I admit I was a touch cynical yesterday at the implied urgency to go outside and catch the lunar eclipse. The big news was that it would be the last chance to see such a thing until 2010, which is, you know, A WHOLE TWO YEARS AWAY. “Gee,” I thought, “I’d better take a long hard look at the calendar too, February 20th, and enjoy it while I can, because the next time the date will have a zero in it won’t be until March 10th.”
Last night at about a quarter after six, I grabbed the dogs and a few Sierras and rolled down to the bluff at White Point to close the day out with our usual homegrown Happy Hour. The scheduled eclipse wasn’t the point of the outing, but more of a coincidental supplement to a nightly routine.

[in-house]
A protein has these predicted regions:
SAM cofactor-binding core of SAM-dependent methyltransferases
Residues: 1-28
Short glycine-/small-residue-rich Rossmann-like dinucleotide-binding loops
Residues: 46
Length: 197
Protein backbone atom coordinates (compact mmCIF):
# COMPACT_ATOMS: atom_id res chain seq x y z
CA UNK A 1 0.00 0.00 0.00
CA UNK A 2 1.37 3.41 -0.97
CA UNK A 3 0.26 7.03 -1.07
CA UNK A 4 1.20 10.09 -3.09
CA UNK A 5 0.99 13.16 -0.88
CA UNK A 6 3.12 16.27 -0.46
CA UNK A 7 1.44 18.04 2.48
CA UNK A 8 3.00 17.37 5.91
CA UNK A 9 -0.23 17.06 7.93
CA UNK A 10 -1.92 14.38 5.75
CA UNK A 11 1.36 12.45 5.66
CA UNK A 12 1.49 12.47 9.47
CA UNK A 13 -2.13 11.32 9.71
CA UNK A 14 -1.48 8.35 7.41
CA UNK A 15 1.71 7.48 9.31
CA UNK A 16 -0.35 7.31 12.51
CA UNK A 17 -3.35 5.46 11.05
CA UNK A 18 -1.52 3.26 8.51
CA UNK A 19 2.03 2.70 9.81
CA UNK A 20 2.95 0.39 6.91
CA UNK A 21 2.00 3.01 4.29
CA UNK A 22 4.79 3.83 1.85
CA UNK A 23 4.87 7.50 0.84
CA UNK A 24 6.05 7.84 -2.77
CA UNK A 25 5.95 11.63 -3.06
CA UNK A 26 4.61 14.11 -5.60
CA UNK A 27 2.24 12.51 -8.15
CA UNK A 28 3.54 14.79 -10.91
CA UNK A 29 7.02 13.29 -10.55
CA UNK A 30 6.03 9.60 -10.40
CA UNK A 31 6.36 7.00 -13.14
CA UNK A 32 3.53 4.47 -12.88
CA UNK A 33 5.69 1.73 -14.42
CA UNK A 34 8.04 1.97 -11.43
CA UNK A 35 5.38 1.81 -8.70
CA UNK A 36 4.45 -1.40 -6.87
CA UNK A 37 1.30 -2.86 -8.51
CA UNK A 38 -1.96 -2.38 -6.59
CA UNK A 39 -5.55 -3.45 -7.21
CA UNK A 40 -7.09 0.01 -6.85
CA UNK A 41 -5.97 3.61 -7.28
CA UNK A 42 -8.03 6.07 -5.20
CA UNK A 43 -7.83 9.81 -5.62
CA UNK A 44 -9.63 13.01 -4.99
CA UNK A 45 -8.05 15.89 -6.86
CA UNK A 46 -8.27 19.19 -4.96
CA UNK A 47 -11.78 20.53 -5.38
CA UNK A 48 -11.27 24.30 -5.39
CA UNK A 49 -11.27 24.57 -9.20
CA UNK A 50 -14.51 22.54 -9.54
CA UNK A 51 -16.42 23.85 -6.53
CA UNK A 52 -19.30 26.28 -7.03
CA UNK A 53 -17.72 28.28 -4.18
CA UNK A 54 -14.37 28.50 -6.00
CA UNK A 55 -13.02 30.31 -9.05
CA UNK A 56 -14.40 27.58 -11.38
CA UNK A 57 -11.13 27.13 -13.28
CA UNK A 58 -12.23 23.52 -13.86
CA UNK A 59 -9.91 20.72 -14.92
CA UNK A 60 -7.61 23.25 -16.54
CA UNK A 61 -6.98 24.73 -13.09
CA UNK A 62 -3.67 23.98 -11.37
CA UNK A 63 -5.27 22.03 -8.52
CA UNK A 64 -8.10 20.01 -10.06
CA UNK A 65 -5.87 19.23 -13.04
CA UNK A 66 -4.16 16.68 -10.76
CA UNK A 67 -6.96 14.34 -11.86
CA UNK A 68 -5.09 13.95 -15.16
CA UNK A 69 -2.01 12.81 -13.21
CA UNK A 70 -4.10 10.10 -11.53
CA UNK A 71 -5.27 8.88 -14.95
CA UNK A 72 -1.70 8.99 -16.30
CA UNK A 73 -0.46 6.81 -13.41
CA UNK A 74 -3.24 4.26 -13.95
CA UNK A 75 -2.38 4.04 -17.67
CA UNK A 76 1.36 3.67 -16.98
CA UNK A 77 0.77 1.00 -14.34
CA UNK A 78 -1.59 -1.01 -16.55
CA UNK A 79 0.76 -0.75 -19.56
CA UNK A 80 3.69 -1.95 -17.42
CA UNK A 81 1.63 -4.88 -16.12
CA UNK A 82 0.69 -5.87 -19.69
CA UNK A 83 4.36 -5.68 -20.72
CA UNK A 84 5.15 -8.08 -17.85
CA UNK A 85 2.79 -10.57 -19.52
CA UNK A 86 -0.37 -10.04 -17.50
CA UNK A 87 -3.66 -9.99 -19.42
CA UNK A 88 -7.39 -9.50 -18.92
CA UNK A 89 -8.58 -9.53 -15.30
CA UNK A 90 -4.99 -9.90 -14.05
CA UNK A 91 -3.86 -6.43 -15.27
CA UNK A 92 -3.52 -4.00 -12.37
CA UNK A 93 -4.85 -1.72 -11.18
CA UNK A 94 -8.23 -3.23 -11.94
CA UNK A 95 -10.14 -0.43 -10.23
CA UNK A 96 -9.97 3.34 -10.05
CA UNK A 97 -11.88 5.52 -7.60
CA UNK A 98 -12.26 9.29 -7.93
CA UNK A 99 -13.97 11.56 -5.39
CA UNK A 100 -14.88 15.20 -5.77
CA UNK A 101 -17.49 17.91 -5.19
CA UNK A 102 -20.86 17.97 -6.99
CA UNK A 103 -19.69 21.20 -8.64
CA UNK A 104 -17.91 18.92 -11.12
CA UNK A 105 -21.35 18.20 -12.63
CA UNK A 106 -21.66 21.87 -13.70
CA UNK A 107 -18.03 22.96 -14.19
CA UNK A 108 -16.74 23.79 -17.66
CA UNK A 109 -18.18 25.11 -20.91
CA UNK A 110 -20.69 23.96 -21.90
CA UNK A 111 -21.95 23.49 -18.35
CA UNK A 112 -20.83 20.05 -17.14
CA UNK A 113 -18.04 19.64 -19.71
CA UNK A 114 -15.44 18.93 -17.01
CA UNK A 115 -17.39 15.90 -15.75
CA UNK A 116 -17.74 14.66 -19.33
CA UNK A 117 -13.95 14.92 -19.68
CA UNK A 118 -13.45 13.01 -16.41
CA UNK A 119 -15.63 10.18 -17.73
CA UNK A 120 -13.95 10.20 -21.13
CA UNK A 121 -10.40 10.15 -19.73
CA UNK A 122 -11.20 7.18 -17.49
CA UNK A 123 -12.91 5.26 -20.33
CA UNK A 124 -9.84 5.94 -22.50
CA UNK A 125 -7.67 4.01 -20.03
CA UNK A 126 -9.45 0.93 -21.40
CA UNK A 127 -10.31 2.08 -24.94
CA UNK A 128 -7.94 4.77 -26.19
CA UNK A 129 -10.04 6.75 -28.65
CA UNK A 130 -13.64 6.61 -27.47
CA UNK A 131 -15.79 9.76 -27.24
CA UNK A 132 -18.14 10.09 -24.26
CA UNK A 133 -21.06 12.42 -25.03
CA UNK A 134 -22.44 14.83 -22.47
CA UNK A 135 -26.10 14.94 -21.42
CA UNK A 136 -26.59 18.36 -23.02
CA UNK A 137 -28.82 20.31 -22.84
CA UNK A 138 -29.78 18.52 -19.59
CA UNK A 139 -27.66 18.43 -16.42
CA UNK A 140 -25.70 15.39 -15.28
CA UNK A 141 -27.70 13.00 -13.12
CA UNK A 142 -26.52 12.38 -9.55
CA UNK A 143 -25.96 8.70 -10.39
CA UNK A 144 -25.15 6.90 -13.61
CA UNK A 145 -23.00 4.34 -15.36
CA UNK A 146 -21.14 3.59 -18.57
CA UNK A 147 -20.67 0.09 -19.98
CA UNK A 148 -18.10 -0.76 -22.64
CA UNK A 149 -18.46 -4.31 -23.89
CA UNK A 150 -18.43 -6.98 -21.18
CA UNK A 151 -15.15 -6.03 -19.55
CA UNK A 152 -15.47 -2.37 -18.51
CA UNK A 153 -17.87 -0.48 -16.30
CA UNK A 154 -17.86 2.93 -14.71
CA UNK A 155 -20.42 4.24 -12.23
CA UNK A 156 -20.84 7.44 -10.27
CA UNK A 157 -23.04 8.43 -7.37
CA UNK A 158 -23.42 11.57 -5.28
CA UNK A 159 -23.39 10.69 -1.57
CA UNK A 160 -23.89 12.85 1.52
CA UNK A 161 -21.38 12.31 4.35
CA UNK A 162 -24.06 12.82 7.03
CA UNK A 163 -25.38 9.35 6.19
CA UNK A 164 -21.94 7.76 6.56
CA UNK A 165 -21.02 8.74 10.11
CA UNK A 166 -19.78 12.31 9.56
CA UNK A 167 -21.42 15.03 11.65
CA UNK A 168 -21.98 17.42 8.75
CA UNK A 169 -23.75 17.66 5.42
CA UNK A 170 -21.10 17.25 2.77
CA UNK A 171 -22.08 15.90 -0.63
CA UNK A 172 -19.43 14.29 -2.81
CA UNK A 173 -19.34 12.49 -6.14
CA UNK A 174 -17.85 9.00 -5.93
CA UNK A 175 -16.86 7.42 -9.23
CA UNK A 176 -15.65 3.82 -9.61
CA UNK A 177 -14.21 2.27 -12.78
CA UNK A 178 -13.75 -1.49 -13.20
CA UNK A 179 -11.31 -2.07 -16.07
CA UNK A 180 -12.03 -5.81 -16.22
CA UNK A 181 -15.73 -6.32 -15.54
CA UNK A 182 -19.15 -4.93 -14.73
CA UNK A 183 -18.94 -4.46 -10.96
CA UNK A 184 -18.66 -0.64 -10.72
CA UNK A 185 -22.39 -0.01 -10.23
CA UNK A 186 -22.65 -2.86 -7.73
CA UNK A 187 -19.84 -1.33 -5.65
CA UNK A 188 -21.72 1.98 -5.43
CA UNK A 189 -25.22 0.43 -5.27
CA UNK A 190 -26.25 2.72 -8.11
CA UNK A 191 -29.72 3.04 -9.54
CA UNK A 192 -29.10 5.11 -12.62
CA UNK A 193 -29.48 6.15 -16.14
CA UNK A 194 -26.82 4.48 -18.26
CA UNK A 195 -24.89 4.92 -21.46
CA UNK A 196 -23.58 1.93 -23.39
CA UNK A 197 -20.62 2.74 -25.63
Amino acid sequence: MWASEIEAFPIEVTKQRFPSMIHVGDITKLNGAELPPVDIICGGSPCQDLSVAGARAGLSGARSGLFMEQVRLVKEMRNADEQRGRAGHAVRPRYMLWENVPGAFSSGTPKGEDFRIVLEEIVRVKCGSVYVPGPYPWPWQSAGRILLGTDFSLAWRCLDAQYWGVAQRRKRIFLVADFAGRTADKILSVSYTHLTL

It had been cloudy all day long, ironically eclipsing our chances of seeing that night’s eclipse, but the day’s end brought some gnarly Pacific Ocean winds, blowing all the clouds away. The sky was as clear as ever from our vantage point, and we had what I was convinced to be the best seat in Southern California.
There’s something fundamentally profound about standing on a planet as it aligns with its sun and moon at the same time. The experience makes you feel very alive, and very aware of the Now. As a bonus, Saturn decided to join our party too, showing herself just above the moon. The whole shebang was like poetry in the sky.
How typically sad it was to realize that millions of people chose to stay inside and watch American Idol instead.